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Michael Chiang goes from Army Daze to tai-tai craze

Fourteen years. That’s how long it’s been since Michael Chiang last wrote a play. That would be My Lonely Tarts back in 1999.

Fourteen years. That’s how long it’s been since Michael Chiang last wrote a play. That would be My Lonely Tarts back in 1999.

So how do you make a comeback? Why, take out a couple of your ol’ reliables and mash them up!

Yes, that’s how the playwright (sort of) described his latest play, High Class, which opens in July.

Mixing the “Army Daze template” of five unusual characters and Mixed Signals’ “TV talkshow template”, High Class is all about the mother of all tai-tais coming up with a reality TV show where five tai-tai wannabes battle it out.

Directed by Beatrice Chia-Richmond, it stars Nikki Muller as the main tai-tai; and Siti Khalijah, Audrey Luo, Elizabeth Lazan, Serena Ho, Mina Kaye as the wannabes (Gloria Tan alternates with Siti K). Andrew Lua, Ebi Shankara, Kimberly Chan, Shane Mardjuki and Timothy Wan round up the cast.

“It’s exactly the same. Very predictable,” he laughed. (Yes, this is why we all love the refreshingly self-effacing and unabashedly populist bloke who gave us Beauty World.)

Of course, High Class is hardly cut and paste material. The quite recent 25th anniversary run of Army Daze had sort of spurred him on to write again for the stage (after being busy helming MediaCorp Publishing and doing the occasional tweaks for the various runs of Beauty World and Army Daze — which, incidentally, will be getting yet another run a week after High Class).

And the process was “unnerving”, said Chiang, who admitted he was initially anxious of getting writer’s block but it all turned out well as High Class started taking shape in January.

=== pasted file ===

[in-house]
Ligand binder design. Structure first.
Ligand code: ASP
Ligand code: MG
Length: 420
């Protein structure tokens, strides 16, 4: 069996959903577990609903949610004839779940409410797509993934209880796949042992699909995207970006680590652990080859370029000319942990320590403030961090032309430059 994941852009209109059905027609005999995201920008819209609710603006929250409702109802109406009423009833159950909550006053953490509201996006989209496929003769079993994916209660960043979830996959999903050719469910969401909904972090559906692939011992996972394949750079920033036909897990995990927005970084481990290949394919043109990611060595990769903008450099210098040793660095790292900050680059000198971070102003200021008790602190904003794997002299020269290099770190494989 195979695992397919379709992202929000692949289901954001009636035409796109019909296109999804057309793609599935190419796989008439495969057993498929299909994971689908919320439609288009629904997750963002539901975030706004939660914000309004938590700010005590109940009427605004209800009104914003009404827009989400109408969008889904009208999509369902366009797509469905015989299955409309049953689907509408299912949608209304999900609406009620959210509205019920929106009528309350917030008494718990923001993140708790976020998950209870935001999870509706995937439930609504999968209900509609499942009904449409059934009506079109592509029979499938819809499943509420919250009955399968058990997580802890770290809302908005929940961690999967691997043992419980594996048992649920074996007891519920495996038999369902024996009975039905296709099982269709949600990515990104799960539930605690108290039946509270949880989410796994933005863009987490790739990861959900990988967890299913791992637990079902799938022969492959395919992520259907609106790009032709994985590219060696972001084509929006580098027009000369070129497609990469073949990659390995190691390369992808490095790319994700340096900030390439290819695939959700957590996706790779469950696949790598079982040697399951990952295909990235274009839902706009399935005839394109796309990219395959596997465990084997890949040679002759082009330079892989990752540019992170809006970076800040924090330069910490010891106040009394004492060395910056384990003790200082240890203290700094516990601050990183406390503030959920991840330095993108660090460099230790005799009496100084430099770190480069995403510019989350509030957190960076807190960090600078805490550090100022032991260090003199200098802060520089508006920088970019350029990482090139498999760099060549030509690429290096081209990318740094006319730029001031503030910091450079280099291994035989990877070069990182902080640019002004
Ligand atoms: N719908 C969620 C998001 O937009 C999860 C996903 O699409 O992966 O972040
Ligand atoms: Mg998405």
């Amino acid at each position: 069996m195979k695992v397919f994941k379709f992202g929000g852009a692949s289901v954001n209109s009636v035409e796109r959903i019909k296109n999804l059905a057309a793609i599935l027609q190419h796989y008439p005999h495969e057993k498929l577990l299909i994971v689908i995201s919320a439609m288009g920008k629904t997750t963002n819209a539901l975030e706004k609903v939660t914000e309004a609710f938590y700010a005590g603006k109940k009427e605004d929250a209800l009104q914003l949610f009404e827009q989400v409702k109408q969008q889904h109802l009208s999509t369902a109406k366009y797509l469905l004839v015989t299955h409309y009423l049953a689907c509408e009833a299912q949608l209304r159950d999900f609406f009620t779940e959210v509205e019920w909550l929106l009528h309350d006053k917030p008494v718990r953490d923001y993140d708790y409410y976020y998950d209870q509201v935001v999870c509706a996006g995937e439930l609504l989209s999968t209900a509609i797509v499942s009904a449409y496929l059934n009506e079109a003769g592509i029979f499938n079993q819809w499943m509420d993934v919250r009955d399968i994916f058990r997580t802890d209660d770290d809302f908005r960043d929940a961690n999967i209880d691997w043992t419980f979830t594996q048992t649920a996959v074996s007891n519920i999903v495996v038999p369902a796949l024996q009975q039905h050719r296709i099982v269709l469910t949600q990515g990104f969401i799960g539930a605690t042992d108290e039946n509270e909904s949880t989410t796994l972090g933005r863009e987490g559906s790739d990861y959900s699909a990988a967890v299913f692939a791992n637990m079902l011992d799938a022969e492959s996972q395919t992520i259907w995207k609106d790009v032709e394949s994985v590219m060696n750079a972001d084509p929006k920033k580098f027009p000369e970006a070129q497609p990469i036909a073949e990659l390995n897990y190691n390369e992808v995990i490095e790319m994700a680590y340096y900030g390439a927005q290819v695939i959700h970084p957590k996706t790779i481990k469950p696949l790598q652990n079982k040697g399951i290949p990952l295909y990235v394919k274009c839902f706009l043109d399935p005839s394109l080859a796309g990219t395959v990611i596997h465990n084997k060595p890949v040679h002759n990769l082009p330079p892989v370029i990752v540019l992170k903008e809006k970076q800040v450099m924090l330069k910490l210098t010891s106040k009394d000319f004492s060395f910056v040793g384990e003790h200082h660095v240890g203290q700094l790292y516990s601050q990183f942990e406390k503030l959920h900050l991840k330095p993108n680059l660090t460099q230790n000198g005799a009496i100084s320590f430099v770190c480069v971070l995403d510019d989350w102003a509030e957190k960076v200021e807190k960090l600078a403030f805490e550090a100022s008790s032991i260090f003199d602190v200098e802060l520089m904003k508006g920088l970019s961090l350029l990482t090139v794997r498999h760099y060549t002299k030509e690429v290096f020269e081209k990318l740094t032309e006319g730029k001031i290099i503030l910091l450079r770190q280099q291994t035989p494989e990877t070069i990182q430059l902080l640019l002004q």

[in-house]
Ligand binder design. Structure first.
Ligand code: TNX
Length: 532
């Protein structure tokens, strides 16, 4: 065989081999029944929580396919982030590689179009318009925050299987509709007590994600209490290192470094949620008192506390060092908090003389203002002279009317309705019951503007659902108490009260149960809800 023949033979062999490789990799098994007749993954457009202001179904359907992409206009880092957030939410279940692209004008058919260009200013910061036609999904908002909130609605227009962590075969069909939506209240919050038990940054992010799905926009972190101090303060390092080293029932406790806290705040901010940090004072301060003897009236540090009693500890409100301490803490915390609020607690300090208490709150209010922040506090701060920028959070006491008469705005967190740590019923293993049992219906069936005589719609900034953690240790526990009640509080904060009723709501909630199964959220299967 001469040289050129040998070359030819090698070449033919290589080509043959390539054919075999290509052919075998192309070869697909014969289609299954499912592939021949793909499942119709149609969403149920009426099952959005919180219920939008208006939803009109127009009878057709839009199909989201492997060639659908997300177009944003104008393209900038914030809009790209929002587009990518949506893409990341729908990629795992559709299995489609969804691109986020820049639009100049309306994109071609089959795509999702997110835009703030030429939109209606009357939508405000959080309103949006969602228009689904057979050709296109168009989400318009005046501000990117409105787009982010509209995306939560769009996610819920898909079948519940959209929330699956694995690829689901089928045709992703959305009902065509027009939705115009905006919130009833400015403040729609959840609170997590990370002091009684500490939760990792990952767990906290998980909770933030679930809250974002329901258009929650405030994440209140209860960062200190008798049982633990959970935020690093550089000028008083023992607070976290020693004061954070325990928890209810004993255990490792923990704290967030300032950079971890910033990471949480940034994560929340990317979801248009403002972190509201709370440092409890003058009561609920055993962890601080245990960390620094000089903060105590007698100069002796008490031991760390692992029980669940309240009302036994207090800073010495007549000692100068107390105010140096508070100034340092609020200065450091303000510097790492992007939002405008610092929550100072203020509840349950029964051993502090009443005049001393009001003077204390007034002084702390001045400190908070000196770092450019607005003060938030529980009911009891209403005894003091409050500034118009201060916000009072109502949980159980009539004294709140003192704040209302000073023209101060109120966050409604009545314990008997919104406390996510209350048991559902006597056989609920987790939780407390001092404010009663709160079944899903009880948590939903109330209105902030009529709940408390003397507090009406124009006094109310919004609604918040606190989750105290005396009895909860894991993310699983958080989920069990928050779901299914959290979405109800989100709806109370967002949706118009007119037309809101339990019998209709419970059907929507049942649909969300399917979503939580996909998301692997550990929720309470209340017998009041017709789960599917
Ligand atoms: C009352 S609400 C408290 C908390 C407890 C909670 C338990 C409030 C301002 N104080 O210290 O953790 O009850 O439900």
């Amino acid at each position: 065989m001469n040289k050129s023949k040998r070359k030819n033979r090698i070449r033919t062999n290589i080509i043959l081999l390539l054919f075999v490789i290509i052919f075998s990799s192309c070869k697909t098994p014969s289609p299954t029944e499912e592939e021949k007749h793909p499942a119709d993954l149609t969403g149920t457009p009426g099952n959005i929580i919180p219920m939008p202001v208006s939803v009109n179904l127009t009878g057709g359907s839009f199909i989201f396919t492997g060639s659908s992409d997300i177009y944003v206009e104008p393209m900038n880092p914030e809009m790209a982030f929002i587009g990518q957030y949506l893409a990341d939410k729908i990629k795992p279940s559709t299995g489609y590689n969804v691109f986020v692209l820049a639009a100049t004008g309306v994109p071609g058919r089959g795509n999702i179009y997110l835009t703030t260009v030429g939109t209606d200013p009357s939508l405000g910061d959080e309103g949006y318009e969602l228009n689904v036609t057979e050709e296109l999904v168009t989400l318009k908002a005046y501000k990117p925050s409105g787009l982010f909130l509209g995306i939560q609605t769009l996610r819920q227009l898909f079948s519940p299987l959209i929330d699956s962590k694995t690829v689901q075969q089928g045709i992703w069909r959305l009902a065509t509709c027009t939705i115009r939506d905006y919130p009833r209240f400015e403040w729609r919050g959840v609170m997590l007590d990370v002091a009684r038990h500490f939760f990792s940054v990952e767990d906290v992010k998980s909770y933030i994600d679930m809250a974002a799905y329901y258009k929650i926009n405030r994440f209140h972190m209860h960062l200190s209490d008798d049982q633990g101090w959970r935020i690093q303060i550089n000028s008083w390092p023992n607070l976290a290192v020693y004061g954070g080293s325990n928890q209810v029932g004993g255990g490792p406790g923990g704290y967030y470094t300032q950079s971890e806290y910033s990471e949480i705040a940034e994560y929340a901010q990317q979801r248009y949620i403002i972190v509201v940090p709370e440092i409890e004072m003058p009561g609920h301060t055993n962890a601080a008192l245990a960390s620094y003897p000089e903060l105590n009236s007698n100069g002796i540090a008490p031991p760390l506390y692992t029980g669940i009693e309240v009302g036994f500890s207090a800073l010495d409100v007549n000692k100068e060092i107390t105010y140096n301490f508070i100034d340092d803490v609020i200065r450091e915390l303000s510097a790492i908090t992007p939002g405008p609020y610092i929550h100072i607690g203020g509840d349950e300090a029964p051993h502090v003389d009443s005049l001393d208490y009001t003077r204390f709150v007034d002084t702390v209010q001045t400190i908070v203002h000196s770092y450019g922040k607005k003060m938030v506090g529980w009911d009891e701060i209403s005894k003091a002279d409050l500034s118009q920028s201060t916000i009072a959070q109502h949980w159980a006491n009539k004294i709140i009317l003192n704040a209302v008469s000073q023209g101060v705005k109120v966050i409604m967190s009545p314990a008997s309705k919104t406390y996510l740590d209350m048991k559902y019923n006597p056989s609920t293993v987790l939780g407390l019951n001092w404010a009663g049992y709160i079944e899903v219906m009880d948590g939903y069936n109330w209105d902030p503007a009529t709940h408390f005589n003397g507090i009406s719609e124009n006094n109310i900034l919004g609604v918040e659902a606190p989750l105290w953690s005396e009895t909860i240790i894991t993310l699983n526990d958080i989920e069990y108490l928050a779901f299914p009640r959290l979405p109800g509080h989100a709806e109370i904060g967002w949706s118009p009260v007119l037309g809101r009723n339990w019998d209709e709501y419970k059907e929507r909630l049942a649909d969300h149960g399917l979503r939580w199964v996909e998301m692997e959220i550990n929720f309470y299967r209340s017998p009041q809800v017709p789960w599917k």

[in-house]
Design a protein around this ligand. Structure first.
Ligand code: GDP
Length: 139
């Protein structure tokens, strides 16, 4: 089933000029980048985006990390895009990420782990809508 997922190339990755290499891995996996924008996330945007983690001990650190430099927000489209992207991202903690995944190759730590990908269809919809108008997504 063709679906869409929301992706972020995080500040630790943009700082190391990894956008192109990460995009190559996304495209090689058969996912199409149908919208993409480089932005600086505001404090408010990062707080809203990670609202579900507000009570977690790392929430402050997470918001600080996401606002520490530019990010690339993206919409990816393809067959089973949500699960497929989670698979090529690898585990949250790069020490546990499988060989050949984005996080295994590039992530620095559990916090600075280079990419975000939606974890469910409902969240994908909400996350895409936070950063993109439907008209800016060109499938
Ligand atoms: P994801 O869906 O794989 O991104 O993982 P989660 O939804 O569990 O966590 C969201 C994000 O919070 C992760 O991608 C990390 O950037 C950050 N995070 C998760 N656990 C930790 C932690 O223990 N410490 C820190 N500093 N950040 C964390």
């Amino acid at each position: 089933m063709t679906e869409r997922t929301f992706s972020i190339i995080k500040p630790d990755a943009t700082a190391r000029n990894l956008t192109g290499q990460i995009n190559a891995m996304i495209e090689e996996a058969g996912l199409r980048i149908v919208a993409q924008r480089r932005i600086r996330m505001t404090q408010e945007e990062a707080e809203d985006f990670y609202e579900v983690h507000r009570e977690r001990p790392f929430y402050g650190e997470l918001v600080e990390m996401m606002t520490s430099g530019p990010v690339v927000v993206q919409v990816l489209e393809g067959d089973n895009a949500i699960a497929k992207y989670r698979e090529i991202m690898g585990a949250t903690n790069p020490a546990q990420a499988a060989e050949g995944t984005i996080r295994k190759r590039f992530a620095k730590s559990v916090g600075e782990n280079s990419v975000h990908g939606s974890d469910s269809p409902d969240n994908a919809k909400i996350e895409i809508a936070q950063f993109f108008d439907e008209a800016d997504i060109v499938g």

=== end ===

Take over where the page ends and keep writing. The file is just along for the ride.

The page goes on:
Besides, Chiang already knew what his subject matter was and the sources of inspiration he could draw from, which were films from the `50s and `60s from Shaw Brothers or even Marilyn Monroe flicks like Gentlemen Prefer Blondes.

“I grew up watching a lot of comedies of (women) looking for a rich husband. There’s a kind of innocence in these,” said Chiang, who brings it to the present with the reality TV angle.

“If this was the only chance of making that jump, would you do it?” he asked.

But director Chia-Richmond clarifies that while it’ll have a “tinge” of the `50s and `60s feel, High Class isn’t a “retro” play (and, while we’re at it, it’s not a musical either despite having a couple of songs from Don Richmond).

Ultimately, the play is about the tai tai culture of today and poses a question for today’s ladies. “Do women still want to be tai tais in 2013?” said Chia-Richmond.

Well, TV host and theatre first-timer Nikki Muller, who plays lead tai tai Alexis, actually became one during auditions.

“She came dressed up as a tai tai. Bright red outfit, printed scarf and large sunglasses. When we asked her how old she was, she said 41. She’s very funny,” recalled Chiang.

The 27-year-old Muller’s, erm, method acting has gone further: She’s been hanging out and having lunch with tai tais, gone ballroom dancing…

And the tai tai life wasn’t exactly what she expected it to be. “They really maximise the hours of the day! It’s never been an exclusive club and I’ve found them to be open and generous,” she said.

Muller has yet to tell her newfound tai tai buddies the reason she’s been hanging out with them but she hopes her, erm, immersion will give a clearer picture of who they really are.

“In the play, you uncover and unravel the stereotype,” she said.

(High Class runs from July 5 to 14, 8pm, Drama Centre Theatre. With 3pm and 5pm matinees. Tickets from S$42 to S$79 at Sistic. Same deets for the next run of Army Daze from July 19 to 28.)

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